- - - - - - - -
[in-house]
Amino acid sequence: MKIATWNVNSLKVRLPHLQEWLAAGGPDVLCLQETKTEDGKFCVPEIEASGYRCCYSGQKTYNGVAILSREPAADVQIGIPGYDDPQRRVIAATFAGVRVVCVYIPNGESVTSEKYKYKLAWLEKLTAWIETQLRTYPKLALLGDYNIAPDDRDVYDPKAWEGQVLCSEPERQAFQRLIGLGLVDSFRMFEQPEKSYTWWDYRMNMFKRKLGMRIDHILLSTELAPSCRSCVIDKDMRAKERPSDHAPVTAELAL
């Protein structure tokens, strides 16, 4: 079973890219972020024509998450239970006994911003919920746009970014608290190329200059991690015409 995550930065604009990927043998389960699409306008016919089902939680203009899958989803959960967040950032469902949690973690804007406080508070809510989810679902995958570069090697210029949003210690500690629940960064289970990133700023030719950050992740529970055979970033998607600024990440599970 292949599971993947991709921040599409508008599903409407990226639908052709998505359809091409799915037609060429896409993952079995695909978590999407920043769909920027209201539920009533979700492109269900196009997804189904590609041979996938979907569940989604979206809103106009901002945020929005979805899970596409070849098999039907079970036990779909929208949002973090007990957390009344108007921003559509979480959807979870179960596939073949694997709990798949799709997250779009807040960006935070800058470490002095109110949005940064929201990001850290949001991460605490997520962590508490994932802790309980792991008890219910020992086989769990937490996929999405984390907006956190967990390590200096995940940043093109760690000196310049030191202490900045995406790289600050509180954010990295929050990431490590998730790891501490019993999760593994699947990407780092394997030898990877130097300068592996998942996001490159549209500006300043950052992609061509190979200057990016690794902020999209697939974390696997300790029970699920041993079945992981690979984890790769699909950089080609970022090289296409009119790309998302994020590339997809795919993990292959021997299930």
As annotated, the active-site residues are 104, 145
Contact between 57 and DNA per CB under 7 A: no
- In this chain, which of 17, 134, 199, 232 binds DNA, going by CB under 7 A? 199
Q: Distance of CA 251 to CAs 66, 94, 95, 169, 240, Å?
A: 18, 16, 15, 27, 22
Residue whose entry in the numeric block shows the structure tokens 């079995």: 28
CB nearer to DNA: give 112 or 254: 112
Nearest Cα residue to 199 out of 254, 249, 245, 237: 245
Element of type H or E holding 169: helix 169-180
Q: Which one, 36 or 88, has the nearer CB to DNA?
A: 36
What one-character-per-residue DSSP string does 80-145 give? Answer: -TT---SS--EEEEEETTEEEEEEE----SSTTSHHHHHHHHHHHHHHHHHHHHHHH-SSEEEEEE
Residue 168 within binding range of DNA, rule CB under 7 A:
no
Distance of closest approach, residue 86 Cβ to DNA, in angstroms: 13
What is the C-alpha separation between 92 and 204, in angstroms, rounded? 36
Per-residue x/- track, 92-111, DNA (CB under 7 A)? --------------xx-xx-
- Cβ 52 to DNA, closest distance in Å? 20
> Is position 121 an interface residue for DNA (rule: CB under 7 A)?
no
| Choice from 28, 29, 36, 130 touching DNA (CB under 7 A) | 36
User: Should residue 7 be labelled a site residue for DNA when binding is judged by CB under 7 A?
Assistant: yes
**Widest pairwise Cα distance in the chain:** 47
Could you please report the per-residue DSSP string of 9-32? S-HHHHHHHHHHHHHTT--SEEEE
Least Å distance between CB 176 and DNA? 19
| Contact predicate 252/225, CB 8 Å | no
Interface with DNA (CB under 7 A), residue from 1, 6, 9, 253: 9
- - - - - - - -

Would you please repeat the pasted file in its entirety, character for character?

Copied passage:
[in-house]
Amino acid sequence: MKIATWNVNSLKVRLPHLQEWLAAGGPDVLCLQETKTEDGKFCVPEIEASGYRCCYSGQKTYNGVAILSREPAADVQIGIPGYDDPQRRVIAATFAGVRVVCVYIPNGESVTSEKYKYKLAWLEKLTAWIETQLRTYPKLALLGDYNIAPDDRDVYDPKAWEGQVLCSEPERQAFQRLIGLGLVDSFRMFEQPEKSYTWWDYRMNMFKRKLGMRIDHILLSTELAPSCRSCVIDKDMRAKERPSDHAPVTAELAL
């Protein structure tokens, strides 16, 4: 079973890219972020024509998450239970006994911003919920746009970014608290190329200059991690015409 995550930065604009990927043998389960699409306008016919089902939680203009899958989803959960967040950032469902949690973690804007406080508070809510989810679902995958570069090697210029949003210690500690629940960064289970990133700023030719950050992740529970055979970033998607600024990440599970 292949599971993947991709921040599409508008599903409407990226639908052709998505359809091409799915037609060429896409993952079995695909978590999407920043769909920027209201539920009533979700492109269900196009997804189904590609041979996938979907569940989604979206809103106009901002945020929005979805899970596409070849098999039907079970036990779909929208949002973090007990957390009344108007921003559509979480959807979870179960596939073949694997709990798949799709997250779009807040960006935070800058470490002095109110949005940064929201990001850290949001991460605490997520962590508490994932802790309980792991008890219910020992086989769990937490996929999405984390907006956190967990390590200096995940940043093109760690000196310049030191202490900045995406790289600050509180954010990295929050990431490590998730790891501490019993999760593994699947990407780092394997030898990877130097300068592996998942996001490159549209500006300043950052992609061509190979200057990016690794902020999209697939974390696997300790029970699920041993079945992981690979984890790769699909950089080609970022090289296409009119790309998302994020590339997809795919993990292959021997299930």
As annotated, the active-site residues are 104, 145
Contact between 57 and DNA per CB under 7 A: no
- In this chain, which of 17, 134, 199, 232 binds DNA, going by CB under 7 A? 199
Q: Distance of CA 251 to CAs 66, 94, 95, 169, 240, Å?
A: 18, 16, 15, 27, 22
Residue whose entry in the numeric block shows the structure tokens 């079995």: 28
CB nearer to DNA: give 112 or 254: 112
Nearest Cα residue to 199 out of 254, 249, 245, 237: 245
Element of type H or E holding 169: helix 169-180
Q: Which one, 36 or 88, has the nearer CB to DNA?
A: 36
What one-character-per-residue DSSP string does 80-145 give? Answer: -TT---SS--EEEEEETTEEEEEEE----SSTTSHHHHHHHHHHHHHHHHHHHHHHH-SSEEEEEE
Residue 168 within binding range of DNA, rule CB under 7 A:
no
Distance of closest approach, residue 86 Cβ to DNA, in angstroms: 13
What is the C-alpha separation between 92 and 204, in angstroms, rounded? 36
Per-residue x/- track, 92-111, DNA (CB under 7 A)? --------------xx-xx-
- Cβ 52 to DNA, closest distance in Å? 20
> Is position 121 an interface residue for DNA (rule: CB under 7 A)?
no
| Choice from 28, 29, 36, 130 touching DNA (CB under 7 A) | 36
User: Should residue 7 be labelled a site residue for DNA when binding is judged by CB under 7 A?
Assistant: yes
**Widest pairwise Cα distance in the chain:** 47
Could you please report the per-residue DSSP string of 9-32? S-HHHHHHHHHHHHHTT--SEEEE
Least Å distance between CB 176 and DNA? 19
| Contact predicate 252/225, CB 8 Å | no
Interface with DNA (CB under 7 A), residue from 1, 6, 9, 253: 9